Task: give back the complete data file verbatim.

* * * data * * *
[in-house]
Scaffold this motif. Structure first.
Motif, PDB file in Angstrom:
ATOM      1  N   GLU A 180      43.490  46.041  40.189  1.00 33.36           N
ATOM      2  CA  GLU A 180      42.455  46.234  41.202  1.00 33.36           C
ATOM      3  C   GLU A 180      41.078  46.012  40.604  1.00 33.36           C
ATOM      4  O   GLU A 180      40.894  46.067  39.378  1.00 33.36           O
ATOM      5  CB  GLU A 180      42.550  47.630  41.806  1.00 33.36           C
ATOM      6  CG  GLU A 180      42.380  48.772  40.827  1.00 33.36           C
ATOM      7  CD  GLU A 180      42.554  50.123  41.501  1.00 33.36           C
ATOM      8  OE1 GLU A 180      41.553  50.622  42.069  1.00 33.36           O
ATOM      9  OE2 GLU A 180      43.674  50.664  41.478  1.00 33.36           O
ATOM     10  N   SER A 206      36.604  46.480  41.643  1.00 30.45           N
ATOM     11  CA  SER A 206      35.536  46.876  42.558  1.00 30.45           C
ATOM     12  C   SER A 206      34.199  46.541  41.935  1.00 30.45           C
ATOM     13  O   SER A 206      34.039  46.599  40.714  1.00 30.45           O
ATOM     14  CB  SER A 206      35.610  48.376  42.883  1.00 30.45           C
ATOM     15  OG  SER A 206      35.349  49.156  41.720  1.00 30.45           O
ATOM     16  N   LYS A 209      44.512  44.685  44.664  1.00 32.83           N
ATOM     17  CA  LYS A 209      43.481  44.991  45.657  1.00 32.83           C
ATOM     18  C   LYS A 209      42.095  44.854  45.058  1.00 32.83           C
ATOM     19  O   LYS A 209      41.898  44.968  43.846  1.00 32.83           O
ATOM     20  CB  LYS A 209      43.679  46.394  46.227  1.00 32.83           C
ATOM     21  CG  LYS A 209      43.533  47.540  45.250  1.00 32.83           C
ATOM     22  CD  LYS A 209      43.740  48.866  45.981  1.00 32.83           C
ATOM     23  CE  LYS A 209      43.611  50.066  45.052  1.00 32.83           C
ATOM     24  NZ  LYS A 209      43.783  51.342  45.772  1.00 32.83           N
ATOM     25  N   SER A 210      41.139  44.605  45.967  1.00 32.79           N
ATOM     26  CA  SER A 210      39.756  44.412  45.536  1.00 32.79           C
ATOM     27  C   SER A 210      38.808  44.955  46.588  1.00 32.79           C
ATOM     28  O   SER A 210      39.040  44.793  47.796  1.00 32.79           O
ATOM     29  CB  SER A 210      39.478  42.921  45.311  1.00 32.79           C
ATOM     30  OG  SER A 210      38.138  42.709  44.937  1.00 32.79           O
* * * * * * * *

[in-house]
Scaffold this motif. Structure first.
Motif, PDB file in Angstrom:
ATOM      1  N   GLU A 180      43.490  46.041  40.189  1.00 33.36           N
ATOM      2  CA  GLU A 180      42.455  46.234  41.202  1.00 33.36           C
ATOM      3  C   GLU A 180      41.078  46.012  40.604  1.00 33.36           C
ATOM      4  O   GLU A 180      40.894  46.067  39.378  1.00 33.36           O
ATOM      5  CB  GLU A 180      42.550  47.630  41.806  1.00 33.36           C
ATOM      6  CG  GLU A 180      42.380  48.772  40.827  1.00 33.36           C
ATOM      7  CD  GLU A 180      42.554  50.123  41.501  1.00 33.36           C
ATOM      8  OE1 GLU A 180      41.553  50.622  42.069  1.00 33.36           O
ATOM      9  OE2 GLU A 180      43.674  50.664  41.478  1.00 33.36           O
ATOM     10  N   SER A 206      36.604  46.480  41.643  1.00 30.45           N
ATOM     11  CA  SER A 206      35.536  46.876  42.558  1.00 30.45           C
ATOM     12  C   SER A 206      34.199  46.541  41.935  1.00 30.45           C
ATOM     13  O   SER A 206      34.039  46.599  40.714  1.00 30.45           O
ATOM     14  CB  SER A 206      35.610  48.376  42.883  1.00 30.45           C
ATOM     15  OG  SER A 206      35.349  49.156  41.720  1.00 30.45           O
ATOM     16  N   LYS A 209      44.512  44.685  44.664  1.00 32.83           N
ATOM     17  CA  LYS A 209      43.481  44.991  45.657  1.00 32.83           C
ATOM     18  C   LYS A 209      42.095  44.854  45.058  1.00 32.83           C
ATOM     19  O   LYS A 209      41.898  44.968  43.846  1.00 32.83           O
ATOM     20  CB  LYS A 209      43.679  46.394  46.227  1.00 32.83           C
ATOM     21  CG  LYS A 209      43.533  47.540  45.250  1.00 32.83           C
ATOM     22  CD  LYS A 209      43.740  48.866  45.981  1.00 32.83           C
ATOM     23  CE  LYS A 209      43.611  50.066  45.052  1.00 32.83           C
ATOM     24  NZ  LYS A 209      43.783  51.342  45.772  1.00 32.83           N
ATOM     25  N   SER A 210      41.139  44.605  45.967  1.00 32.79           N
ATOM     26  CA  SER A 210      39.756  44.412  45.536  1.00 32.79           C
ATOM     27  C   SER A 210      38.808  44.955  46.588  1.00 32.79           C
ATOM     28  O   SER A 210      39.040  44.793  47.796  1.00 32.79           O
ATOM     29  CB  SER A 210      39.478  42.921  45.311  1.00 32.79           C
ATOM     30  OG  SER A 210      38.138  42.709  44.937  1.00 32.79           O